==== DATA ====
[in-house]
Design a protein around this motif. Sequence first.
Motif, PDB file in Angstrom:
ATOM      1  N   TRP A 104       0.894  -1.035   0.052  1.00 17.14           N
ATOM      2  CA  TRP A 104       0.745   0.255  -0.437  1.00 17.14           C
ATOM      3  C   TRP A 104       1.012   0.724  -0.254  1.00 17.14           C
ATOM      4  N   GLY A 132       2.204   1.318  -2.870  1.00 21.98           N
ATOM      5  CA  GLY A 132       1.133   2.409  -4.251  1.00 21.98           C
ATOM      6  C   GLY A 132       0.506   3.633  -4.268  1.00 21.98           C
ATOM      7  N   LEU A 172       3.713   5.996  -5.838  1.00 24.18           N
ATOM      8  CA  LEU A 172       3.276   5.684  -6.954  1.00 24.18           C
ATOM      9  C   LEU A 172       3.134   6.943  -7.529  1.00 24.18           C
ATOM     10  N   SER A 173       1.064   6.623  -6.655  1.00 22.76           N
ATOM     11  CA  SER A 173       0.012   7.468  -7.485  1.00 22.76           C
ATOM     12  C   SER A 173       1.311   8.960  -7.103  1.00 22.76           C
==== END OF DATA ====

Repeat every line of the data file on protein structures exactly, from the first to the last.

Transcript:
[in-house]
Design a protein around this motif. Sequence first.
Motif, PDB file in Angstrom:
ATOM      1  N   TRP A 104       0.894  -1.035   0.052  1.00 17.14           N
ATOM      2  CA  TRP A 104       0.745   0.255  -0.437  1.00 17.14           C
ATOM      3  C   TRP A 104       1.012   0.724  -0.254  1.00 17.14           C
ATOM      4  N   GLY A 132       2.204   1.318  -2.870  1.00 21.98           N
ATOM      5  CA  GLY A 132       1.133   2.409  -4.251  1.00 21.98           C
ATOM      6  C   GLY A 132       0.506   3.633  -4.268  1.00 21.98           C
ATOM      7  N   LEU A 172       3.713   5.996  -5.838  1.00 24.18           N
ATOM      8  CA  LEU A 172       3.276   5.684  -6.954  1.00 24.18           C
ATOM      9  C   LEU A 172       3.134   6.943  -7.529  1.00 24.18           C
ATOM     10  N   SER A 173       1.064   6.623  -6.655  1.00 22.76           N
ATOM     11  CA  SER A 173       0.012   7.468  -7.485  1.00 22.76           C
ATOM     12  C   SER A 173       1.311   8.960  -7.103  1.00 22.76           C